Key questions heading into Round 2 of The 147th Open
Round 1 of The 147th Open is in the books and as anticipated, it was full of memorable moments. Kevin Kisner leads the way after posting a 5-under 66, but this thing is far from over.
Here are five questions heading into Round 2.
Can Tiger Woods make a move?
Absolutely. Woods hasn’t played an Open since 2015 at St. Andrews, so an even-par 71 to kick off Carnoustie is a solid start. As has been the sentiment for most of the season, his round could have been so much lower. Woods made the turn in 2 under, but a more aggressive move off 10 tee (3-wood) proved costly. He skied it high and right into a fairway bunker. From there he had to hit out sideways, then failed to get up-and-down. He bounced back with a 35-footer for birdie at the 11th, but added bogeys at Nos. 13 and 15 before settling on the 71 and T-32 position. If anything, it seemed Woods got a little impatient on the back nine, wanting to be more aggressive. He confirmed as much after his round, saying the wind wouldn’t let him (gusts around 15 mph frequented the afternoon). All in all, positives to take away from Woods’ opening round that he can build on for Day 2.
Which strategy works – aggressive or conservative?
Jury’s still out. Rory McIlroy was one of the more vocal proponents early in the week that being aggressive (lots of drivers) was the way to go. After a 2-under 69, that’s his story and he’s sticking to it. After the round, McIlroy shared this: “As I said at the start of the week, it’s very playable from not in the fairway. … I got away with some tee shots but at the same time, I think that’s what I have to do. That’s my game plan this week. I’m convinced that’s the way I should play it.” Meanwhile, world No. 1 and one of the longest hitters on Tour (does that 433-yard drive at Kapalua earlier this year ring a bell?) Dustin Johnson also employed the bomb-and-gouge strategy. He shot 5-over 76 managing to find 53 percent of his fairways. The fact that he was in the rough nearly half of the round shouldn’t have been a problem for DJ - he leads the Tour this year in proximity to the hole from the rough. The other Johnson – Zach – is tied for 146th in driving distance this season. He shot 2-under 69 including going 8-iron, wedge at the par-4 third. His plan for tomorrow on No. 3? He’s thinking it’s 9-iron. Guess we’ll know the answer to this come Sunday night.
What’s going to happen to the top of the leaderboard?
Impressive stuff from Kevin Kisner, who needed just 22 putts in a round of 5 under. His 66 is his second-best round in a major (he shot 65 in the third round of the 2016 PGA Championship). Trends suggest, however, there’s going to be movement at the top over the next three rounds. Of all seven previous Opens at Carnoustie, none of the winners led after either the first or second rounds. The good news for Kisner tomorrow is that he goes out in the afternoon wave – weather forecasts call for rain Friday morning, with heavy spells possible.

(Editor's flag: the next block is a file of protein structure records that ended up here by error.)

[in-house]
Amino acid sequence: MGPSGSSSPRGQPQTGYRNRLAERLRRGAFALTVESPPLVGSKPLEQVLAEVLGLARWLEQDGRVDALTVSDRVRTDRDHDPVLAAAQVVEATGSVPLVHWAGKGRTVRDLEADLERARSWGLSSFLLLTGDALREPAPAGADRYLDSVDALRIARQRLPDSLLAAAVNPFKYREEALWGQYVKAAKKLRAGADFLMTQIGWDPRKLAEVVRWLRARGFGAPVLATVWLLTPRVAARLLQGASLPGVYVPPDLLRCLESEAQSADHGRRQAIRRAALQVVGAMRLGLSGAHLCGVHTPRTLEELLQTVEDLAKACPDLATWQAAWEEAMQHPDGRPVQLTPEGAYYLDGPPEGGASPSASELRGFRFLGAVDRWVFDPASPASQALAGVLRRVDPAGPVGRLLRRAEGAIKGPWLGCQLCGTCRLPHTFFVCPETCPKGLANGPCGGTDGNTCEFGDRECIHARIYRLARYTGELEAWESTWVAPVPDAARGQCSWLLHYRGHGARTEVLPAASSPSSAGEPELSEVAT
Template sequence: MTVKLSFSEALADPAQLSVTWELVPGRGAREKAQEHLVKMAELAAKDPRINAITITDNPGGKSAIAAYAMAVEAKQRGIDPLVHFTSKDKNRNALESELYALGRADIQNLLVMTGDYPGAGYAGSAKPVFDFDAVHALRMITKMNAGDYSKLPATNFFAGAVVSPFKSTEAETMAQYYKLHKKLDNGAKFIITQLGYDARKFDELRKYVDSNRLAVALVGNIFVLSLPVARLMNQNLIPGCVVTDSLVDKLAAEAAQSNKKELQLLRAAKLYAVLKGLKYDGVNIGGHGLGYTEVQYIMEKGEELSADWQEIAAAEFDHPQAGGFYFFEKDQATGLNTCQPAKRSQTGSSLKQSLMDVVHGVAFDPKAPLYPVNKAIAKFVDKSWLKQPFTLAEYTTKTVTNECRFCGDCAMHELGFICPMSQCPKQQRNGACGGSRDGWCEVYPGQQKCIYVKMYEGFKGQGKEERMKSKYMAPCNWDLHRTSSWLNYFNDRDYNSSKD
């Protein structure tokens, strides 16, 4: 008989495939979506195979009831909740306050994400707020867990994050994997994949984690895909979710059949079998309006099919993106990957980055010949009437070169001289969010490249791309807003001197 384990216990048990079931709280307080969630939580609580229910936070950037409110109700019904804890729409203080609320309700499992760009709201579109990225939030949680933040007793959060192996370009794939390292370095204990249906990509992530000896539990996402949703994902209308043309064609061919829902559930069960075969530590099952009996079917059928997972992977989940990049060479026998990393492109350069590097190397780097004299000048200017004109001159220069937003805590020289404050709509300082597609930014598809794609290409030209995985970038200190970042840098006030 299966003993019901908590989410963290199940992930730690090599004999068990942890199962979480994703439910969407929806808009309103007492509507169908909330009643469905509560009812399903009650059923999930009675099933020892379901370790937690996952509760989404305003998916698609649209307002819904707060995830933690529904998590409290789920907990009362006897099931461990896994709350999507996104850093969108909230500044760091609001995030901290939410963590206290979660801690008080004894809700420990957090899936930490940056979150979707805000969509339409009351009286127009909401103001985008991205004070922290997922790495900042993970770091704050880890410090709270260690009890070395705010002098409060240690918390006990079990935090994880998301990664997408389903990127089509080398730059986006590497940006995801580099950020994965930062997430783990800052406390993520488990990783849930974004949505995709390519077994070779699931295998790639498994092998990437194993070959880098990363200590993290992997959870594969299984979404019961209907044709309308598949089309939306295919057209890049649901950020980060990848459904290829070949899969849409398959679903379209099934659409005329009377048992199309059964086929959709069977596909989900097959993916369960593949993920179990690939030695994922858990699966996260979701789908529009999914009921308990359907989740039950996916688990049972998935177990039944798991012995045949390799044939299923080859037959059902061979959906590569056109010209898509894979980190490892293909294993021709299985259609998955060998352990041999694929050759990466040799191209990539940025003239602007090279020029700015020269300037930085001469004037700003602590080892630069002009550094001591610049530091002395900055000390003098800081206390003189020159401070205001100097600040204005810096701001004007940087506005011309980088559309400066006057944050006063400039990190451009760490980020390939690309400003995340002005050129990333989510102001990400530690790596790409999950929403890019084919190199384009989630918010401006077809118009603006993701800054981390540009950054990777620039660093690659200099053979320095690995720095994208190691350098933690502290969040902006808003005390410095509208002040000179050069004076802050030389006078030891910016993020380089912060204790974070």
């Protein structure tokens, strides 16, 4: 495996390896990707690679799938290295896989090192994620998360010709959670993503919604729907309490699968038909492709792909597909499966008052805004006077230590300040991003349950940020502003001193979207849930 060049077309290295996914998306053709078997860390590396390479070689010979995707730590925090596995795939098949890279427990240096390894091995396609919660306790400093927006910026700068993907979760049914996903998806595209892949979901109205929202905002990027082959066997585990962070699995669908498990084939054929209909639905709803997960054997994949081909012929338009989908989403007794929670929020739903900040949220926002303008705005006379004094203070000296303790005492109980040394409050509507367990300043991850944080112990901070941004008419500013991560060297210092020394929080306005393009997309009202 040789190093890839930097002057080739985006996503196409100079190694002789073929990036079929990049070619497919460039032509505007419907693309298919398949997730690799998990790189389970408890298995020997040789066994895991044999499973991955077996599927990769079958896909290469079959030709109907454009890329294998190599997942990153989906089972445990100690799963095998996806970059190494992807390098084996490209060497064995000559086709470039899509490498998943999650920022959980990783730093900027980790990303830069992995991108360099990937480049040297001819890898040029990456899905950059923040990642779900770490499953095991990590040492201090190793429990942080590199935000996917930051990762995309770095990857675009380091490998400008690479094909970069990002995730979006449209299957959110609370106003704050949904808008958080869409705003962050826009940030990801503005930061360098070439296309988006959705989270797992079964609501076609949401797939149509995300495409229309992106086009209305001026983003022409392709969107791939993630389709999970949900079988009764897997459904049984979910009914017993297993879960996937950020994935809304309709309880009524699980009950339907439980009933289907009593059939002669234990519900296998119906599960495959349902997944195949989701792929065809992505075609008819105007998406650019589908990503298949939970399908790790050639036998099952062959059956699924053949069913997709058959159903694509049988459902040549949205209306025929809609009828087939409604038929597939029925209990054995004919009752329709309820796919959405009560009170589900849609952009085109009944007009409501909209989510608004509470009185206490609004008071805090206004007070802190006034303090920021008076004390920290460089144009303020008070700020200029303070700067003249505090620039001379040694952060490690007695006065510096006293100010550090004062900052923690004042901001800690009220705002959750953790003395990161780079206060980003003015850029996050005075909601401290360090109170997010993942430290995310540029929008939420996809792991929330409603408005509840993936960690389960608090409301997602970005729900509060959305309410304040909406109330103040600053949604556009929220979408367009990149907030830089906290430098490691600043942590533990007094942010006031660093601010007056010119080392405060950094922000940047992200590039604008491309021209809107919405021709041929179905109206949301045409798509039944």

Should we be concerned about Jordan Spieth?
Defending champion Jordan Spieth was cruising nicely around Carnoustie early in his first round, going 3 under across his first 14 holes before a mental miscue at No. 15 led to bogey. He added bogeys at 16 and 18 to settle on a 1-over 72. He’s six shots back in a tie for 50th. Should we push the panic button? Yes and no. Yes, if you look at recent trends in The Open. In the last 19 Opens, the eventual winner was at or within five shots of the lead after the first round. No, if you consider it’s Spieth we’re talking about. Of his hiccup at 15, Spieth said: “I just had a brain fart, and I missed it into the location where the only pot bunker where I could actually get in trouble, and it plugged deep into it. It was a really, really poor decision on the second shot, and that cost me.” He added that his 72 felt like a “missed opportunity,” and we concur. Mental errors aren’t typically an issue for Spieth, so if he can use Thursday’s mistakes as roadmaps of what not to do the remainder of the week, he’ll likely be in the mix come Sunday.
Biggest surprise on Day 1?
Remember 2016 Masters champion Danny Willet? It’s OK if he hasn’t frequented the forefront of your memory bank since that April Sunday two years ago. He fell into what some would consider golf purgatory after a series of injuries affected his body, his swing and his mind. But, save for a knee scare in Italy and a shoulder scare earlier this week, he’s played the last eight months nearly pain-free. He was 4 under and stalking the lead early on Day 1 until he came in bogey-bogey (easy to do around these parts). Still, a valiant effort on the heels of some positive play as of late – top-20 finishes in his last two starts (T-6 at Irish Open, T-19 at Scottish Open). It remains to be seen if his form holds up the remainder of the week, but a feel-good story to see him again finding his footing in major championships.
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